Did you know one of the biggest indicators of how long you’ll live is closely linked to your lung capacity? (for those nerdy curious here is the respected Dr Attia talking about this)
The great news: studies have shown regular harmonica playing improves your lung function - how’s that for some motivation?
$200 might seem like a lot of money for someone to spend on a harmonica for musical reasons alone. But when you consider investing in it for health and longevity benefits it might seem like a smart investment.
I got one of these harmonicas from Dr. Schaman, and have been playing with it for a couple of months and wanted to give you my 2 cents on it, especially from a musical perspective…
This harmonica is quite a DIFFERENT BEAST from a regular harmonica, and so approaching it musically requires quite a DIFFERENT MINDSET from approaching a regular harmonica.
The first thing to remember is that this is a CHORD HARMONICA. I’m not interested in playing single notes on this harmonica. I’ve grabbed this harp to play CHORDS. If I want to play single notes, I’ll grab one of my regular harmonicas.
The most important question next is WHERE do I blow/draw to play WHICH chords?
To be honest, at the beginning I had a really hard time getting my mind wrapped around which chords are where. But with persistence I finally cracked the code.
It’s actually very simple, and I’m here to share it with you. Once I got this figured out, I started having a lotta fun with the harmonica.
Chord Qualities - all the chords are either Major Chords, or (Dominant) 7th Chords. Whether you’re blowing or drawing, 3 note chords are the same (major,) but 4 note chords are slightly different:
3-note chords are major (1-3-5)
4-note chords are major (1-3-5-1)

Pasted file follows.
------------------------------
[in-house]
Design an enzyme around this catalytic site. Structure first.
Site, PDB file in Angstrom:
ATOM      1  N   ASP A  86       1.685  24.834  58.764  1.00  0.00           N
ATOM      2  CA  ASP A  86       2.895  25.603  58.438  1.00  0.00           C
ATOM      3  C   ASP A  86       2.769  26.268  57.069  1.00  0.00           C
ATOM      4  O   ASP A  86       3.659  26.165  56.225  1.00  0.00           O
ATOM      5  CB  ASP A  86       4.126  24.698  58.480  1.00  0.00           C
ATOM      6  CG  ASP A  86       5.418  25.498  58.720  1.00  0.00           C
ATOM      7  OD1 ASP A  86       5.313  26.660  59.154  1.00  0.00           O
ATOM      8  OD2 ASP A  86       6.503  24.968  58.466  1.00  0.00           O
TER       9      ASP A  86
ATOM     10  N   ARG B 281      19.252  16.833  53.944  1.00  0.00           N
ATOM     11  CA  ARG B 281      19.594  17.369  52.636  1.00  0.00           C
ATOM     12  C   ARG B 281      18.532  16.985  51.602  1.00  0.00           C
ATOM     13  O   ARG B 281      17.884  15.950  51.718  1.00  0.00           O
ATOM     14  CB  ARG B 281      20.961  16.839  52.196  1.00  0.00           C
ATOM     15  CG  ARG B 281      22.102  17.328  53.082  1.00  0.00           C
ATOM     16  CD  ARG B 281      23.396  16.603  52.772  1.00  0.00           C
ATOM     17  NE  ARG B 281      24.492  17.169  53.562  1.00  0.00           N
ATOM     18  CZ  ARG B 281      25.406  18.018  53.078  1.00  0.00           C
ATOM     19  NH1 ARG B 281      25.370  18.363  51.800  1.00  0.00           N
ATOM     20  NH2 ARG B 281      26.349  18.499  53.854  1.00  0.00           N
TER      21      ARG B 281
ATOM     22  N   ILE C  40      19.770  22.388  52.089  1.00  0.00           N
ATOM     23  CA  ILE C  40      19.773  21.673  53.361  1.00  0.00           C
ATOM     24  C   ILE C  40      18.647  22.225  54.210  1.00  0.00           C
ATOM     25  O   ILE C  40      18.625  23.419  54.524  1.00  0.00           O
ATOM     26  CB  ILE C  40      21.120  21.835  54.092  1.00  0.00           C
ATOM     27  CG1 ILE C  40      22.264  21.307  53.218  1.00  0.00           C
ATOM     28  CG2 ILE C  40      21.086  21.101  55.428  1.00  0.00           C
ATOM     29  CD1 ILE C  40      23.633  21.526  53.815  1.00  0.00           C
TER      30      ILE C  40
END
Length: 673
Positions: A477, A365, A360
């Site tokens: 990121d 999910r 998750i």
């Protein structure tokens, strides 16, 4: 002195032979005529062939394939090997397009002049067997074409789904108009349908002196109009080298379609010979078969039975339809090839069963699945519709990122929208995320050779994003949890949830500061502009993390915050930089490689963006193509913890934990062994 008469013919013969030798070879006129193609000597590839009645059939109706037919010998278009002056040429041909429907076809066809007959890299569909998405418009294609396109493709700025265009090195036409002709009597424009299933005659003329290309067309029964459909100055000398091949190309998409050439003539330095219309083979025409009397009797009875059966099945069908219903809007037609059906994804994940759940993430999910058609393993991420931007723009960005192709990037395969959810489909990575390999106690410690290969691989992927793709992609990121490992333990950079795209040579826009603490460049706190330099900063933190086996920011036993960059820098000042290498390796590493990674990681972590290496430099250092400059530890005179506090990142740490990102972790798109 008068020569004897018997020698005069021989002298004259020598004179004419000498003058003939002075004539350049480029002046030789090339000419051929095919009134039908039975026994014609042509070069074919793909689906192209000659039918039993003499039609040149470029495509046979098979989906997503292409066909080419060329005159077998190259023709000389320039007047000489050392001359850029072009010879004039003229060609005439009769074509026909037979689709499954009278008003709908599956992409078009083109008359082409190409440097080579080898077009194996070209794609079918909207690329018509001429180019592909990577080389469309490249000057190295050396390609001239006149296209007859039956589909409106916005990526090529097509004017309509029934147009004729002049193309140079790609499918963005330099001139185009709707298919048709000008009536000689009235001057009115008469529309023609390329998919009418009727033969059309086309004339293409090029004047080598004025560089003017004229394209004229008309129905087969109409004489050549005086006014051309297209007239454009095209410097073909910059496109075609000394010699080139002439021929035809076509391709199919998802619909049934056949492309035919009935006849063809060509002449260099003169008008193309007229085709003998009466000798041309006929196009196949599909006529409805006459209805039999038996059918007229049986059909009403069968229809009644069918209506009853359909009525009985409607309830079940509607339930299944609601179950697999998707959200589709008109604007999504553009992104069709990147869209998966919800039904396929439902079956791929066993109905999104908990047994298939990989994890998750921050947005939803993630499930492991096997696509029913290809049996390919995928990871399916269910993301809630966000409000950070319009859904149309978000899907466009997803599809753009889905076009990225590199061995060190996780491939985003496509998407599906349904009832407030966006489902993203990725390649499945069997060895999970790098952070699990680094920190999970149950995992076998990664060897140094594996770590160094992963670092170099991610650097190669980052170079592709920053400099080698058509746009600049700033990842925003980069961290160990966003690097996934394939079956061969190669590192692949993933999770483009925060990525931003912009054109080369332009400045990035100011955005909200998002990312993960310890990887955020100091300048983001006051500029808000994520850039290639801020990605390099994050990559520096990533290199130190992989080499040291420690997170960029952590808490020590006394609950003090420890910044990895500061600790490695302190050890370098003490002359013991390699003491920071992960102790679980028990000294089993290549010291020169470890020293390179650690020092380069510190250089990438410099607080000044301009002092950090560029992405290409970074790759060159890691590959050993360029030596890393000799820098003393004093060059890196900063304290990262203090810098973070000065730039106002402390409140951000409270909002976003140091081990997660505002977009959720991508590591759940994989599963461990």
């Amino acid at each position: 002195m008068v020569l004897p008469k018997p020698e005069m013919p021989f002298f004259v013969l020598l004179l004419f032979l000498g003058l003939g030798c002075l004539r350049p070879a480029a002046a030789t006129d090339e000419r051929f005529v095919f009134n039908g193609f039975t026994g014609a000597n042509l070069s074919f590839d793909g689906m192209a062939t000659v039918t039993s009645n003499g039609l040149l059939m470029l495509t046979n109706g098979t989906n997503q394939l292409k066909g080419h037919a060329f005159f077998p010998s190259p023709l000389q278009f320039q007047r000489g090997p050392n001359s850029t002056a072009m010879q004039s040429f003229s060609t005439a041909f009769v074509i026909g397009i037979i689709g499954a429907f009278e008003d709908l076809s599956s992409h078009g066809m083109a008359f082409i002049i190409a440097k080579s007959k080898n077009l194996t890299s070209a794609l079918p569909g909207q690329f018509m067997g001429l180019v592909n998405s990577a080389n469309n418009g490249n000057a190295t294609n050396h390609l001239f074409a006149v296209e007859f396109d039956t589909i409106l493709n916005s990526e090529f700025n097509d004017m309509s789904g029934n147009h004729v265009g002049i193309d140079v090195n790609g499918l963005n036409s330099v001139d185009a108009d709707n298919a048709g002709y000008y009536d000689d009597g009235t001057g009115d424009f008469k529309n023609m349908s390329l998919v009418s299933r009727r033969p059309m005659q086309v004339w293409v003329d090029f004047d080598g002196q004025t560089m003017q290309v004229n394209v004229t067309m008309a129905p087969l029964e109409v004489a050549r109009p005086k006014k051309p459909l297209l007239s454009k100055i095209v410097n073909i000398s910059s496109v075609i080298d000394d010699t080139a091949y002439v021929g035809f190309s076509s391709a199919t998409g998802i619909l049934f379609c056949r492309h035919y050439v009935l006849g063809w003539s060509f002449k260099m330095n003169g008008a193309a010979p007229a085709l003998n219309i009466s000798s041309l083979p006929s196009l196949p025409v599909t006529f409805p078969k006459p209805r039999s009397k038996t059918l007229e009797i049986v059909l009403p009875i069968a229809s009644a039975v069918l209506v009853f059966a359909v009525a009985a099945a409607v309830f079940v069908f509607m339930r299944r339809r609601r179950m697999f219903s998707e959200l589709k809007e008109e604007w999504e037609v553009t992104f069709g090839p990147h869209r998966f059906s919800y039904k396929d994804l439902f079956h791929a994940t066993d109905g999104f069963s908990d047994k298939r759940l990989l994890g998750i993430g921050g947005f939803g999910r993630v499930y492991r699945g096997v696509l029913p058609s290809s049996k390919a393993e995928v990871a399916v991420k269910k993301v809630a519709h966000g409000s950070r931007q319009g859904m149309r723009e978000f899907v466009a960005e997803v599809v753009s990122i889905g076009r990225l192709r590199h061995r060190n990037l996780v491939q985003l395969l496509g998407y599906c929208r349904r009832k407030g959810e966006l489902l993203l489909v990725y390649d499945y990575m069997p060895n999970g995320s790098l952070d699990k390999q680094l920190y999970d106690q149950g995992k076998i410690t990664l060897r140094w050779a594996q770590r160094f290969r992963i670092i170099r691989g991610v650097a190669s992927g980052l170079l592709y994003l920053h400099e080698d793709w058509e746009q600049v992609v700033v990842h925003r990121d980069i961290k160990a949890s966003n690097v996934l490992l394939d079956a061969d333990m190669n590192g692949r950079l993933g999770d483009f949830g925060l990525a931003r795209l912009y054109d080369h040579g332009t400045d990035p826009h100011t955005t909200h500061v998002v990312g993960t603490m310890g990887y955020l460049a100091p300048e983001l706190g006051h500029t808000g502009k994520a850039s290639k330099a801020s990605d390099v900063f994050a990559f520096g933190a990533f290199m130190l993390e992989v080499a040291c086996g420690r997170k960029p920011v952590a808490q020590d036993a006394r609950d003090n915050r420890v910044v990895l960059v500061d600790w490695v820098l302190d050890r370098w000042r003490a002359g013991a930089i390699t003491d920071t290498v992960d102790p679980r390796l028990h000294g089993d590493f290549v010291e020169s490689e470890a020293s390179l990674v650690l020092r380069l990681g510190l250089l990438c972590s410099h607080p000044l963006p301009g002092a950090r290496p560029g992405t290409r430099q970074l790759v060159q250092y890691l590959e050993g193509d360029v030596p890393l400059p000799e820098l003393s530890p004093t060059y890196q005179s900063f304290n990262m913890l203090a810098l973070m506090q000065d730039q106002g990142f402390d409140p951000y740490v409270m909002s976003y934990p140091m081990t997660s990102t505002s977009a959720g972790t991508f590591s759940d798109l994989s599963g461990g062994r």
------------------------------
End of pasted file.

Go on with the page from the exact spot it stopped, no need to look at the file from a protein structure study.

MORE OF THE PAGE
5-note chords are “quirky” 7th chords (1-3-5-1-b7)
(7th & Root next to each other make it sound more dissonant)
3-note chords are major (1-3-5)
4-note chords are 7th chords (1-3-5-b7)
5-note chords are “quirky” 7th chords (1-3-5-b7-1)
This is intuitive coming from playing standard tuned harmonicas where 1234 is a major chord, but -2345 is a dominant 7th chord. (Note the “quirky” 7th chord sound is not available on a standard harmonica.)
Chord Layout - it is possible to play a Blues or any I IV V chord progression in the key of C, or in the key of G. Here’s how it lays out:
Key of C
I Chord: Left Side Draw
IV Chord: Left Side Blow
V Chord: Right Side Blow
In the key of C, our home base is LEFT SIDE DRAW.
It’s like you were playing 2nd position on a Low F harmonica where your draw is a C chord and your blow is an F chord.
Except now, we get the bonus: you just jump over to the RIGHT and BLOW for your V chord (which would be missing on a standard harmonica).
Key of G
I Chord: Right Side Blow
IV Chord: Left Side Draw
V Chord: Right Side Draw
In the key of G, our home base is RIGHT SIDE BLOW.
It’s like you were playing in 1st position on a G harmonica. Blowing is your I (G chord) and drawing is your V (D chord.)
Except now, we get the bonus: you just jump over to the LEFT and DRAW for your IV chord (which would be missing on a standard harmonica.)
Musically, it’s nice being able to play I - IV - V chord progressions without having to hold 2 harmonicas. I love it! It took a bit of practice getting used to making the big jump, but now that I got it, it’s easy.
Hear it in action in this video:
Financially you would need to buy a Low F and a G harmonica to be able to accomplish what you can accomplish with this harmonica, and with the Seydel Noble’s going for $120 a piece, all of a sudden the value comes into perspective.
The #1 thing I had to get used to with this harmonica is JUMPING FARTHER than I’m used to.
Playing in the key of C, to go to the V chord, we’re not going a little bit to the right. We’re going WAY to the right. Not a problem with practice. But at the beginning I kept not going far enough and would catch one of the notes on the left side of the partition which sounds sour.
So better to jump too far than not far enough.